Notice that the above passages reveal that the church is to be presented as holy and blameless on the last day. Hence, at Ephesians 1:4 we can neither conclude that God chose anyone "to be" in Christ before the foundation of the world, nor can we conclude that God chose certain individuals in Christ before the foundation of the world since no individuals existed "in Christ" before the foundation of the world. We do know that God chose "us" in him to be holy and blameless on the last day.

Now if we look at our passage even more carefully we can see that Paul has the church in view. Paul tells us right here in this very passage that "we" were not included "in Christ" until we heard the gospel of salvation and believed in that gospel (1:13). So that tells us that we can know for sure that we were definitely not "in Christ" before the foundation of the world. So it behooves us to find out what Paul means when he says "we" were chosen "in him."

At the foundation of the world Christ was the Elect One of God, not one of the elect ones. He was the Chosen Son for the inheritance of creation. For this reason, the Bible refers to Christ as the Chosen One.

  • "He was indeed foreknown before the foundation of the world but was made manifest at the end of the times for your sake." (1 Peter 1:20).

  • "As you come to him, the living Stone--rejected by men but Chosen by God and precious to him-- you also, like living stones, are being built into a spiritual house to be a holy priesthood, offering spiritual sacrifices acceptable to God through Jesus Christ. For in Scripture it says: "See, I lay a stone in Zion, a Chosen and precious cornerstone, and the one who trusts in him will never be put to shame." (1 Peter 2:4-6).

  • "And the people stood by, watching; but the rulers scoffed at him, saying, "He saved others; let him save himself, if he is the Christ of God, his Chosen One!"" (Luke 23:35).

  • "Behold my servant, whom I uphold, my Chosen, in whom my soul delights; I have put my Spirit upon him, he will bring forth justice to the nations." (Isaiah 42:1).

  • "Behold, my servant whom I have Chosen, my beloved with whom my soul is well pleased. I will put my Spirit upon him, and he shall proclaim justice to the Gentiles" (Matthew 12:18).

When we become Christians we become sons of God (Rom 8:14-17; Gal 3:26-28; 4:6). But at the foundation of the world, Christ was the only Son of God, not one of the sons of God. God chose Christ alone, his Chosen Son and in Christ the church is also now chosen because the church is itself an entity which is in him and formed covenantally out of him, in his body and blood. The church is the body of Christ. Because of this obvious truth, we know that whatever was in Christ must also be chosen along with Christ for whatever is in him belongs to him. When Paul says, "he chose us in Christ" he does not mean and cannot mean, as we have shown, that God chose us to be in Christ. He means that God chose that which is in his Son because it is his Son who is chosen and thus everything in the Son is also chosen. This is why Scripture teaches we are joint-heirs with him (Rom 8:16-17). Therefore, if we are converted into Christ we are "in him" the One who was chosen and therefore we ourselves are become chosen by virtue of being converted into him. We have become united with him as members of his body and therefore are one with him who is chosen before the creation of the world.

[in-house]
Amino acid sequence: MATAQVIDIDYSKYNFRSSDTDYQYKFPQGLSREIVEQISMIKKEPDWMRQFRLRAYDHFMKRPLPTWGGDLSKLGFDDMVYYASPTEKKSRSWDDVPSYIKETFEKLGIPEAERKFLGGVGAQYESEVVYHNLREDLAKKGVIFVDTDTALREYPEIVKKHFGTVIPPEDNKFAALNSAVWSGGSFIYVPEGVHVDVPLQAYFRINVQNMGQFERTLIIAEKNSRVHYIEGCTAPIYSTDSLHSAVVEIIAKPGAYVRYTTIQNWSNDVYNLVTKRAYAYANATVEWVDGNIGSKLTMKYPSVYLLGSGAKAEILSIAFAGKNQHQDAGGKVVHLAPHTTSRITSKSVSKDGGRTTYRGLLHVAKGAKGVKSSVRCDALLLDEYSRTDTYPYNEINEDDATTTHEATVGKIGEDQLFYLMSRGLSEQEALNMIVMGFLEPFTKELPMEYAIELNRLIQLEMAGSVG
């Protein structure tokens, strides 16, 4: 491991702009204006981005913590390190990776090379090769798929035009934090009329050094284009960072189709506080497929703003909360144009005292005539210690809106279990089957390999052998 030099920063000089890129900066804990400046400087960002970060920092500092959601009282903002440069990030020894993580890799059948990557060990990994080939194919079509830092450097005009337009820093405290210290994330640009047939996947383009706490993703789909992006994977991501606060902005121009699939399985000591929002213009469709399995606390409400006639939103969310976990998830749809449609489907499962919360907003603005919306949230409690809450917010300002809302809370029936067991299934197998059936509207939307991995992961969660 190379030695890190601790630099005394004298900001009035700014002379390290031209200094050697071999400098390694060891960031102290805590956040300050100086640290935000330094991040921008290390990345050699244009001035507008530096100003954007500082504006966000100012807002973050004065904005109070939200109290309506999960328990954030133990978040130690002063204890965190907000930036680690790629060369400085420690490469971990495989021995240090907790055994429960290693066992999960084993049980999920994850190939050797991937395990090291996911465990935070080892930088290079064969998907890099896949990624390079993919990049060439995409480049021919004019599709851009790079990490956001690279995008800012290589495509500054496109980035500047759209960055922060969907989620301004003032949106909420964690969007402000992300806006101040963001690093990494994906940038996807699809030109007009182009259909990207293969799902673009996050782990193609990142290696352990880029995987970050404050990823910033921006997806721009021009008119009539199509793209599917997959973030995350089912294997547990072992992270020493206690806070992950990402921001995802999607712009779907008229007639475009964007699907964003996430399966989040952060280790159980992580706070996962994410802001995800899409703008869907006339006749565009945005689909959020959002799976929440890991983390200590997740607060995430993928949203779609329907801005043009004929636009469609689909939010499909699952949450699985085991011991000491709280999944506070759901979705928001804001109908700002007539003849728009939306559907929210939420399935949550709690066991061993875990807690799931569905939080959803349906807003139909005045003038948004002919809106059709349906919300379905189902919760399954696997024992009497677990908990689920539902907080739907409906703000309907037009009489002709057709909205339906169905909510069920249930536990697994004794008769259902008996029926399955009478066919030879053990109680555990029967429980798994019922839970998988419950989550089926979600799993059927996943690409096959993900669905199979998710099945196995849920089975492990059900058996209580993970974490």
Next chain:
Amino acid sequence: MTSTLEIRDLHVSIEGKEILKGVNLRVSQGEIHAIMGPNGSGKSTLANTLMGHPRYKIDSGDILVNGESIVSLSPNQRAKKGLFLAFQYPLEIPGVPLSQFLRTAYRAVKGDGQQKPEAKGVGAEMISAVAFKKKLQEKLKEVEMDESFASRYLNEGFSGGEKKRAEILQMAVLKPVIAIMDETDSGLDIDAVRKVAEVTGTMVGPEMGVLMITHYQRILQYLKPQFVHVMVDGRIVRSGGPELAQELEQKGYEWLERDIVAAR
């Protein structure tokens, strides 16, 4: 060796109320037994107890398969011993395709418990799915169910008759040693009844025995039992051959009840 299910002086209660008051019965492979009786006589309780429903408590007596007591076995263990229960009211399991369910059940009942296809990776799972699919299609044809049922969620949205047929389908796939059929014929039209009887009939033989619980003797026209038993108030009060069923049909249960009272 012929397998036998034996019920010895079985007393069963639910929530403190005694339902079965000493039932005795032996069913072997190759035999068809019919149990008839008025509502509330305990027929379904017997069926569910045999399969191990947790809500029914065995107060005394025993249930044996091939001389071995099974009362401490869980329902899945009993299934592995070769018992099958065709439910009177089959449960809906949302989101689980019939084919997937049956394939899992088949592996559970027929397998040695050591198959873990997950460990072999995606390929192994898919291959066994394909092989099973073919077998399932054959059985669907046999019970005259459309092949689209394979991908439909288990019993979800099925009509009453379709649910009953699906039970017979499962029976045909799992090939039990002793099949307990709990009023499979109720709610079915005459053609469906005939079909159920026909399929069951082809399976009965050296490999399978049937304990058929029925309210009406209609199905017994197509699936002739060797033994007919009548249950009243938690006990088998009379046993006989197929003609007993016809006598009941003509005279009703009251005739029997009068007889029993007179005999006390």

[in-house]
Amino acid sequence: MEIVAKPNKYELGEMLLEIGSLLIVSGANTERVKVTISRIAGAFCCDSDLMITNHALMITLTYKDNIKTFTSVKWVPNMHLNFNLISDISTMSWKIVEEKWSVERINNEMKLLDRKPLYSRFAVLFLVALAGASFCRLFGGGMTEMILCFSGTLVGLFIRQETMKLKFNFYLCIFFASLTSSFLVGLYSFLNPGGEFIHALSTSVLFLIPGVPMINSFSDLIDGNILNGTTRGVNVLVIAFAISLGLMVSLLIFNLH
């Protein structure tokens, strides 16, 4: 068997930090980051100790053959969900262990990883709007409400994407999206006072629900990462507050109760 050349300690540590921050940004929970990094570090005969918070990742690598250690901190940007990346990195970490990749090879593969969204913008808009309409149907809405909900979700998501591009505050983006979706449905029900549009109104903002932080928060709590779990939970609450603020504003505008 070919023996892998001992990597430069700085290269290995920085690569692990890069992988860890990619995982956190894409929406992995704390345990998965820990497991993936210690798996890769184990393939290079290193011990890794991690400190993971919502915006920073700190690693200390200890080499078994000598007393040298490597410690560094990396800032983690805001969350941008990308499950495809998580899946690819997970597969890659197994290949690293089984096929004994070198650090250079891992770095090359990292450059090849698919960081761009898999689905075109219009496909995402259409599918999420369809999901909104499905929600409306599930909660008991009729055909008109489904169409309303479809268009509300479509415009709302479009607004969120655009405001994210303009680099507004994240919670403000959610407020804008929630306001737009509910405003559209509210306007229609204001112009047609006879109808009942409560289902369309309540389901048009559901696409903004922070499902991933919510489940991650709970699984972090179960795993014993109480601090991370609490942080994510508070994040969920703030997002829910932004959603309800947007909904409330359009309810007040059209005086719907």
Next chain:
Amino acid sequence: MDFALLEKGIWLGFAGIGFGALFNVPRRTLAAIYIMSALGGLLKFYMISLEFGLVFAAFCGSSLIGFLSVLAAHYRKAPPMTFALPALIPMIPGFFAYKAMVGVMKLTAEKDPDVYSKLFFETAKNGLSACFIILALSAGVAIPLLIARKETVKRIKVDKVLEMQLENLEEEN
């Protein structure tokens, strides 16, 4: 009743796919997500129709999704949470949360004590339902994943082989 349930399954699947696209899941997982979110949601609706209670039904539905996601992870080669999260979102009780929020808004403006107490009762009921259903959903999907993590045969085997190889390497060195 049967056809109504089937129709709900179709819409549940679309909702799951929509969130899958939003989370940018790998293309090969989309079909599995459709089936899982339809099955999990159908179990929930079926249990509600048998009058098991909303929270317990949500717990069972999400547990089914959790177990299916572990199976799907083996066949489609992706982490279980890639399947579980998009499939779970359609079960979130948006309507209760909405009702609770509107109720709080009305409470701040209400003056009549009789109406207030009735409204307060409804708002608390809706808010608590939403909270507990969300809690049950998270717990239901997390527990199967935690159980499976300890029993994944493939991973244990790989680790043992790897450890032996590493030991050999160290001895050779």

Another way to illustrate this is by Paul's phrase, "I no longer live but Christ lives in me." So we see that Paul no longer lives, but Christ who was chosen before the foundation of the world lives "in him." Therefore, Paul having become united with Christ in his death and resurrection now becomes chosen by virtue of the fact that Christ, the Chosen One of God, lives in him. Put another way, Paul said, "I no longer live, but the One Chosen before the creation of the world lives in me."

Now this will not satisfy those Calvinists who do not want to give up their cherished doctrines. They will point to the verses which follow and try to claim Paul is necessarily referring to people who God selected before the creation of the world to become Christians and at a preset a time and place they would indeed become Christians. For example, we read the following:

"He has chosen us in him before the foundation of the world, that we should be holy and without blame before him. In love he predestined us unto sonship by Jesus Christ to himself, according to the good pleasure of his will" (Ephesians 1:4-5).

Does this mean that God predestined people to become Christians? Put another way, does this verse mean that God predestined people to become sons of God in a new birth event? We shall now see that it absolutely does not. The passage is referring not to people who were selected to become Christians, but refers to people who are already Christians predestined to resurrection glory (Romans 8:23). In other words, God predestined that which is in Christ to glory and the church being in him is predestined to that end. The church is certainly and assuredly predestined to glory.